IMCOM West CSM visits Fort Riley to honor USAG NCO, Soldier of the Year
August 27, 2010
FORT RILEY, Kan. - "It is often stated that the right person in the right place at the right time can make a difference," said Command Sgt. Maj. Terry Braddock, command sergeant major, Installation Management Command - West Region. "It's quite evident when you move around this installation and see everything that goes on and then what's happening behind the scenes."
Braddock visited Fort Riley Aug. 26 to spend some time with Garrison Command Sgt. Maj. Ian Mann and also to recognize the awardees of the Garrison Soldier and Noncommissioned Officer of the Year for IMCOM - West.
"I travel around to ensure that our Soldiers, civilians, Families and contractors get the very best and nothing less," Braddock said. "I think that they are deserving of that. We ask much of our Soldiers and demand much of our civilians. For us not to give back to them, to me, is a travesty, and I cannot let that happen."
During his visits to installations in the IMCOM - West region, Braddock checks to ensure leaders are providing "that quality grade of service that Soldiers deserve."
Facing challenges is evident every day, and Braddock wants to ensure funding is balanced across all installations.
"That's not always easy because there are some services that we have to close ... which means that you have to take away those jobs and that's not easy," he said. "But when you look at what we have as far as a budget, we have to be smart about what we deliver our customers. So we have to know the concerns of our customer. We have to ensure that we meet the needs of our customers, not the wants - the wants is the luxury."
While visiting installations in the region, Braddock looks at housing areas, commissaries, schools and other areas that provide services - "anything from a concessionary stand to the largest infrastructure that we have on this installation" - to see exactly how IMCOM is meeting the needs of the customers - civilians, contractors, Soldiers and their Families.
"We're all here for one reason and one reason only - for the Soldier - that's why we do what we do, and I think that everybody can appreciate that, and I hope that the Soldiers can appreciate what we do," Braddock said.
Braddock has visited Fort Riley several times since taking his position in 2006 and said each time he comes back, there's a constant of new development and changes for the better.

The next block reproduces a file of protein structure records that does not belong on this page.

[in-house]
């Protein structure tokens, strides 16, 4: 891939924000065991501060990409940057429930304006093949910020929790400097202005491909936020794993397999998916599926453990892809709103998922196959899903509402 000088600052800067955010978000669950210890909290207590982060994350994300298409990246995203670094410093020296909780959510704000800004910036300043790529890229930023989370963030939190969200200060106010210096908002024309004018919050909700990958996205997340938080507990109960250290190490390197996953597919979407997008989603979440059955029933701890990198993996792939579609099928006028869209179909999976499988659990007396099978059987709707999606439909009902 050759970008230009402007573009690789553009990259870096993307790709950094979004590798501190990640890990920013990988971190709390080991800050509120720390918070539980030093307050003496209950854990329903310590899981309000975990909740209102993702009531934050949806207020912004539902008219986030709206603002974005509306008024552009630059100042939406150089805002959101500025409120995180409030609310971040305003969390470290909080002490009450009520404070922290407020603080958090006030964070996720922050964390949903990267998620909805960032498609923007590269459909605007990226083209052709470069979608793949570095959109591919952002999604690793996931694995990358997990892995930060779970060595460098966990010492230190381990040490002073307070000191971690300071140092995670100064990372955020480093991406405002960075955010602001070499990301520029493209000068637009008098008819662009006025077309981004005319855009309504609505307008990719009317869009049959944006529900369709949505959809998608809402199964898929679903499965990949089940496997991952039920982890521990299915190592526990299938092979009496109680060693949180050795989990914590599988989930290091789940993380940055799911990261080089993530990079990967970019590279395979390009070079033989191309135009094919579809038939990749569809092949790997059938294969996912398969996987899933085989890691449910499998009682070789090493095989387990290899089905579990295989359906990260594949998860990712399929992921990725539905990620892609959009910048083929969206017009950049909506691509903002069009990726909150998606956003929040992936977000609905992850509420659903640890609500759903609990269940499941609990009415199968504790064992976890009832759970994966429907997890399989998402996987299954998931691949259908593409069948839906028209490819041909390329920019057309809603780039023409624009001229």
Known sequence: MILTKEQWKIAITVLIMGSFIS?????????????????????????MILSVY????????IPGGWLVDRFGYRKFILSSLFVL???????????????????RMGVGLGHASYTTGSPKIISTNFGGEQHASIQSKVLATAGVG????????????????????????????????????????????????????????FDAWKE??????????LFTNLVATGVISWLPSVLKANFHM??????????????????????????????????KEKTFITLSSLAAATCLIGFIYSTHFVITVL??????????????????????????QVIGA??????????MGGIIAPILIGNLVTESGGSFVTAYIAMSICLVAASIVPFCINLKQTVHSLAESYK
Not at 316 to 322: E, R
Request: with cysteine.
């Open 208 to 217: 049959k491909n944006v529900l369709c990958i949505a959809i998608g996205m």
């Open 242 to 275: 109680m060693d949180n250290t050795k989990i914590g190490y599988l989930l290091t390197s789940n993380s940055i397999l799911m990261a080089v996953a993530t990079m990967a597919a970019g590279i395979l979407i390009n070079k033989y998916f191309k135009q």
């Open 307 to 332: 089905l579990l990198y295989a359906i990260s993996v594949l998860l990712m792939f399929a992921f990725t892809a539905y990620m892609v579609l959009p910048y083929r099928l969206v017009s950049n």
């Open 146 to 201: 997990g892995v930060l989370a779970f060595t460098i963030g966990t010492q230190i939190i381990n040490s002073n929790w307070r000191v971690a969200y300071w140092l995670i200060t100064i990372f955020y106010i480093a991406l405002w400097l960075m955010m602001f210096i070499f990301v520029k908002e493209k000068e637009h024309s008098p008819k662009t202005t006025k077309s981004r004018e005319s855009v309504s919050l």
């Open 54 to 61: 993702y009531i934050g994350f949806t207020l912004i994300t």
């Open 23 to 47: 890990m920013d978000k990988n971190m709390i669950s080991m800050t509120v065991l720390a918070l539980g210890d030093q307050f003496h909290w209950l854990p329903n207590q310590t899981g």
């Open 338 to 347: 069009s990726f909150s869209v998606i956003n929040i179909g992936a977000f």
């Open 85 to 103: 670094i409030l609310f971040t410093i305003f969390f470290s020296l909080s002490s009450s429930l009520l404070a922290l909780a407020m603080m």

The military construction taking place at Fort Riley is "to give a Soldier a place that they can be proud of, that they want to stay at, that they want to reenlist for," Braddock said.
"This is a great place for Soldiers, Families, contractors and civilians to work, play and live because (Fort) Riley understands what it means to be out front and take care of the Soldiers, take care of their Families and make it a place that people will want to come back to, not hurry up and get away from," he said.
The job of IMCOM at the regional level ensures the success of the garrison commander and his or her staff, he said.
"We know that the job of the garrison commander and his command sergeant major and everyone underneath him or her is critical because of what they do every day and what's expected of them," Braddock said. "So at the region level, we want to make sure that we understand and that we have a sense of urgency to meet that urgency."
During the employee of the month ceremony Aug. 26 at the garrison headquarters, Braddock addressed the civilian workforce with a few words.
"People don't really understand or expect the behind the scenes and that's what stands up here right now," Braddock said. "You enable things to happen on this installation, and because of what you do, this installation prospers as well as it does."
Braddock said he believes there are two ways to view history - those that are part of it and those that make it.
"You are the make it part and you need to be looking at this in a way of where it says a lot about what you do every single day," Braddock said. "You might not see, you may not even hear it but a lot of people know it."